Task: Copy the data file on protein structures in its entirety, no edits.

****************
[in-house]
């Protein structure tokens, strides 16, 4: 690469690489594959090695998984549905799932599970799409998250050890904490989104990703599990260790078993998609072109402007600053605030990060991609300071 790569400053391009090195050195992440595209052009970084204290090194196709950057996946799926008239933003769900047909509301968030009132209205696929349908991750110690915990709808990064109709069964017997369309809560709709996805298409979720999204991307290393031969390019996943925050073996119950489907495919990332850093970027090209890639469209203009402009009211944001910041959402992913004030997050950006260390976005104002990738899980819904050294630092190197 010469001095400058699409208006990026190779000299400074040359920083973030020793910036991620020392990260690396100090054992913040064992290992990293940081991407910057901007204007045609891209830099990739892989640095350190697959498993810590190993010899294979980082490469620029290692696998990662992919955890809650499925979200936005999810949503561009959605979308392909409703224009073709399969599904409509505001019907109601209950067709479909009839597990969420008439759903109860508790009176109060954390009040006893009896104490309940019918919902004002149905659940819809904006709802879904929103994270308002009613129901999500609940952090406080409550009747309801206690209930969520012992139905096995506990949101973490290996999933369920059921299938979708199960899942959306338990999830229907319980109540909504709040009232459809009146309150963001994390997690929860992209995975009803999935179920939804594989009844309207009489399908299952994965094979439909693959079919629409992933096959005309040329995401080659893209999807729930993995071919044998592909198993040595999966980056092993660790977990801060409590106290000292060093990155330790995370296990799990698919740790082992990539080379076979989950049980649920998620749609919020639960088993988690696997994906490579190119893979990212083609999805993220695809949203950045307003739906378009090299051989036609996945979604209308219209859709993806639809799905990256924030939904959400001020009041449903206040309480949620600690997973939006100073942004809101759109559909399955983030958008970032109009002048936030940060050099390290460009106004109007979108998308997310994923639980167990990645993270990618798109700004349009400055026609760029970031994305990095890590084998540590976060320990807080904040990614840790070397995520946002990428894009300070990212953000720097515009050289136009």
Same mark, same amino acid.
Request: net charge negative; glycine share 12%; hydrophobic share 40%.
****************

[in-house]
């Protein structure tokens, strides 16, 4: 690469690489594959090695998984549905799932599970799409998250050890904490989104990703599990260790078993998609072109402007600053605030990060991609300071 790569400053391009090195050195992440595209052009970084204290090194196709950057996946799926008239933003769900047909509301968030009132209205696929349908991750110690915990709808990064109709069964017997369309809560709709996805298409979720999204991307290393031969390019996943925050073996119950489907495919990332850093970027090209890639469209203009402009009211944001910041959402992913004030997050950006260390976005104002990738899980819904050294630092190197 010469001095400058699409208006990026190779000299400074040359920083973030020793910036991620020392990260690396100090054992913040064992290992990293940081991407910057901007204007045609891209830099990739892989640095350190697959498993810590190993010899294979980082490469620029290692696998990662992919955890809650499925979200936005999810949503561009959605979308392909409703224009073709399969599904409509505001019907109601209950067709479909009839597990969420008439759903109860508790009176109060954390009040006893009896104490309940019918919902004002149905659940819809904006709802879904929103994270308002009613129901999500609940952090406080409550009747309801206690209930969520012992139905096995506990949101973490290996999933369920059921299938979708199960899942959306338990999830229907319980109540909504709040009232459809009146309150963001994390997690929860992209995975009803999935179920939804594989009844309207009489399908299952994965094979439909693959079919629409992933096959005309040329995401080659893209999807729930993995071919044998592909198993040595999966980056092993660790977990801060409590106290000292060093990155330790995370296990799990698919740790082992990539080379076979989950049980649920998620749609919020639960088993988690696997994906490579190119893979990212083609999805993220695809949203950045307003739906378009090299051989036609996945979604209308219209859709993806639809799905990256924030939904959400001020009041449903206040309480949620600690997973939006100073942004809101759109559909399955983030958008970032109009002048936030940060050099390290460009106004109007979108998308997310994923639980167990990645993270990618798109700004349009400055026609760029970031994305990095890590084998540590976060320990807080904040990614840790070397995520946002990428894009300070990212953000720097515009050289136009």
Same mark, same amino acid.
Request: net charge negative; glycine share 12%; hydrophobic share 40%.